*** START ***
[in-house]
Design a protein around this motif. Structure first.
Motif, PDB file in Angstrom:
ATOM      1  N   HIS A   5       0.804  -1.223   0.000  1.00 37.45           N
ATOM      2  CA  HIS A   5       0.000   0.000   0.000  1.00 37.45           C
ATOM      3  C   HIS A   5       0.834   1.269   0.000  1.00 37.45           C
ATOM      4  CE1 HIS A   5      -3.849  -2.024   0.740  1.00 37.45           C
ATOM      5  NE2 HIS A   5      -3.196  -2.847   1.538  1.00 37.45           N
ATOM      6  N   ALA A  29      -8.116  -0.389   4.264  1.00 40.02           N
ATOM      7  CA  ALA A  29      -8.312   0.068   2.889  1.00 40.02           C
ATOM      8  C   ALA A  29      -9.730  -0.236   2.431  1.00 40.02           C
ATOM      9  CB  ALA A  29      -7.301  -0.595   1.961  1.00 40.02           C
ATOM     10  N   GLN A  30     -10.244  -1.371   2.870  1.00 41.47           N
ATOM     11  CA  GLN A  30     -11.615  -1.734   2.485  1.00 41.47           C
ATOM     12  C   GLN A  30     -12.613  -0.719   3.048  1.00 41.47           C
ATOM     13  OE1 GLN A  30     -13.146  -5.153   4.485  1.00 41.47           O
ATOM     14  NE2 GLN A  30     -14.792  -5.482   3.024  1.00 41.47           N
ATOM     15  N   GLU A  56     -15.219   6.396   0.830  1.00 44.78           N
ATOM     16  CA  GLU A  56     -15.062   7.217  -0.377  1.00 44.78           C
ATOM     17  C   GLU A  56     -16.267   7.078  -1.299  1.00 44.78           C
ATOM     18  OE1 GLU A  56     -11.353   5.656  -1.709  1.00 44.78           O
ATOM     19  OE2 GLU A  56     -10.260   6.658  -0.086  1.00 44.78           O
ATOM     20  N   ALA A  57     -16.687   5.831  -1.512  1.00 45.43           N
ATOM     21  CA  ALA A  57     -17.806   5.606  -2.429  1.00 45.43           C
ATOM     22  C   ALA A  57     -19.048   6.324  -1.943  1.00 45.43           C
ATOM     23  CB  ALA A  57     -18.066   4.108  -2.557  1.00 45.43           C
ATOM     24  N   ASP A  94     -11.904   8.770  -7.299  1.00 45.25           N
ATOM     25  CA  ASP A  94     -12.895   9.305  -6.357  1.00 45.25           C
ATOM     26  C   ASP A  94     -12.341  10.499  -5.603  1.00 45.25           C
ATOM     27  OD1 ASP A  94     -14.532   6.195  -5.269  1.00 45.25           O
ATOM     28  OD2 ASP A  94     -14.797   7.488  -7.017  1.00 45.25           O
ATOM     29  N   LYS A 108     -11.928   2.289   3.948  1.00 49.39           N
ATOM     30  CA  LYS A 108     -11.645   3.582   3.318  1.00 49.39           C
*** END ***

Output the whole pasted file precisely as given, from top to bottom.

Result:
[in-house]
Design a protein around this motif. Structure first.
Motif, PDB file in Angstrom:
ATOM      1  N   HIS A   5       0.804  -1.223   0.000  1.00 37.45           N
ATOM      2  CA  HIS A   5       0.000   0.000   0.000  1.00 37.45           C
ATOM      3  C   HIS A   5       0.834   1.269   0.000  1.00 37.45           C
ATOM      4  CE1 HIS A   5      -3.849  -2.024   0.740  1.00 37.45           C
ATOM      5  NE2 HIS A   5      -3.196  -2.847   1.538  1.00 37.45           N
ATOM      6  N   ALA A  29      -8.116  -0.389   4.264  1.00 40.02           N
ATOM      7  CA  ALA A  29      -8.312   0.068   2.889  1.00 40.02           C
ATOM      8  C   ALA A  29      -9.730  -0.236   2.431  1.00 40.02           C
ATOM      9  CB  ALA A  29      -7.301  -0.595   1.961  1.00 40.02           C
ATOM     10  N   GLN A  30     -10.244  -1.371   2.870  1.00 41.47           N
ATOM     11  CA  GLN A  30     -11.615  -1.734   2.485  1.00 41.47           C
ATOM     12  C   GLN A  30     -12.613  -0.719   3.048  1.00 41.47           C
ATOM     13  OE1 GLN A  30     -13.146  -5.153   4.485  1.00 41.47           O
ATOM     14  NE2 GLN A  30     -14.792  -5.482   3.024  1.00 41.47           N
ATOM     15  N   GLU A  56     -15.219   6.396   0.830  1.00 44.78           N
ATOM     16  CA  GLU A  56     -15.062   7.217  -0.377  1.00 44.78           C
ATOM     17  C   GLU A  56     -16.267   7.078  -1.299  1.00 44.78           C
ATOM     18  OE1 GLU A  56     -11.353   5.656  -1.709  1.00 44.78           O
ATOM     19  OE2 GLU A  56     -10.260   6.658  -0.086  1.00 44.78           O
ATOM     20  N   ALA A  57     -16.687   5.831  -1.512  1.00 45.43           N
ATOM     21  CA  ALA A  57     -17.806   5.606  -2.429  1.00 45.43           C
ATOM     22  C   ALA A  57     -19.048   6.324  -1.943  1.00 45.43           C
ATOM     23  CB  ALA A  57     -18.066   4.108  -2.557  1.00 45.43           C
ATOM     24  N   ASP A  94     -11.904   8.770  -7.299  1.00 45.25           N
ATOM     25  CA  ASP A  94     -12.895   9.305  -6.357  1.00 45.25           C
ATOM     26  C   ASP A  94     -12.341  10.499  -5.603  1.00 45.25           C
ATOM     27  OD1 ASP A  94     -14.532   6.195  -5.269  1.00 45.25           O
ATOM     28  OD2 ASP A  94     -14.797   7.488  -7.017  1.00 45.25           O
ATOM     29  N   LYS A 108     -11.928   2.289   3.948  1.00 49.39           N
ATOM     30  CA  LYS A 108     -11.645   3.582   3.318  1.00 49.39           C